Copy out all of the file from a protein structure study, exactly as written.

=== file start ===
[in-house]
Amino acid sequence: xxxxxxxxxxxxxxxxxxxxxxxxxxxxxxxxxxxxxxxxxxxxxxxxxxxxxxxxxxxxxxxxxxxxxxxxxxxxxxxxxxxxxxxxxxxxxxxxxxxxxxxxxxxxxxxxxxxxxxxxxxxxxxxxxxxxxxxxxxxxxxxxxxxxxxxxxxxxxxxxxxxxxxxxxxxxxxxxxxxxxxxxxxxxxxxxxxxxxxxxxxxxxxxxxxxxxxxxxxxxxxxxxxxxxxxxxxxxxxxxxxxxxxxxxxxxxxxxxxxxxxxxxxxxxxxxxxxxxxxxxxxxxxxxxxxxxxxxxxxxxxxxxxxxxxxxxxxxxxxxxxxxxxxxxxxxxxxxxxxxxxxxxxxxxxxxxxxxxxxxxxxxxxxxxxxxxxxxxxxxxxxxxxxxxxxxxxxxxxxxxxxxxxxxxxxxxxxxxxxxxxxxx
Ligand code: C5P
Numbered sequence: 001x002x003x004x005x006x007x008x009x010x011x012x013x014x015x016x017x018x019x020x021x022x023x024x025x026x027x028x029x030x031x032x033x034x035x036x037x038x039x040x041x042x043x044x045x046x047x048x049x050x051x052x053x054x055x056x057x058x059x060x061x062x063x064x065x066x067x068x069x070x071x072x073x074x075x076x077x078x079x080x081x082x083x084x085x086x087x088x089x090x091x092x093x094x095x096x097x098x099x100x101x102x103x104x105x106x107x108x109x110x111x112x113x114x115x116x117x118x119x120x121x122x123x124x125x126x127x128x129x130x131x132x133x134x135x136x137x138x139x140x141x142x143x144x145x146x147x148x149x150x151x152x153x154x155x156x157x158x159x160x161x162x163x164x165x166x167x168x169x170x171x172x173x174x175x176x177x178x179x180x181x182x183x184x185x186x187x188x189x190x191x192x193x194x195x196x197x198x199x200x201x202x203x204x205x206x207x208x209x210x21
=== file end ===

[in-house]
Amino acid sequence: xxxxxxxxxxxxxxxxxxxxxxxxxxxxxxxxxxxxxxxxxxxxxxxxxxxxxxxxxxxxxxxxxxxxxxxxxxxxxxxxxxxxxxxxxxxxxxxxxxxxxxxxxxxxxxxxxxxxxxxxxxxxxxxxxxxxxxxxxxxxxxxxxxxxxxxxxxxxxxxxxxxxxxxxxxxxxxxxxxxxxxxxxxxxxxxxxxxxxxxxxxxxxxxxxxxxxxxxxxxxxxxxxxxxxxxxxxxxxxxxxxxxxxxxxxxxxxxxxxxxxxxxxxxxxxxxxxxxxxxxxxxxxxxxxxxxxxxxxxxxxxxxxxxxxxxxxxxxxxxxxxxxxxxxxxxxxxxxxxxxxxxxxxxxxxxxxxxxxxxxxxxxxxxxxxxxxxxxxxxxxxxxxxxxxxxxxxxxxxxxxxxxxxxxxxxxxxxxxxxxxxxxx
Ligand code: C5P
Numbered sequence: 001x002x003x004x005x006x007x008x009x010x011x012x013x014x015x016x017x018x019x020x021x022x023x024x025x026x027x028x029x030x031x032x033x034x035x036x037x038x039x040x041x042x043x044x045x046x047x048x049x050x051x052x053x054x055x056x057x058x059x060x061x062x063x064x065x066x067x068x069x070x071x072x073x074x075x076x077x078x079x080x081x082x083x084x085x086x087x088x089x090x091x092x093x094x095x096x097x098x099x100x101x102x103x104x105x106x107x108x109x110x111x112x113x114x115x116x117x118x119x120x121x122x123x124x125x126x127x128x129x130x131x132x133x134x135x136x137x138x139x140x141x142x143x144x145x146x147x148x149x150x151x152x153x154x155x156x157x158x159x160x161x162x163x164x165x166x167x168x169x170x171x172x173x174x175x176x177x178x179x180x181x182x183x184x185x186x187x188x189x190x191x192x193x194x195x196x197x198x199x200x201x202x203x204x205x206x207x208x209x210x21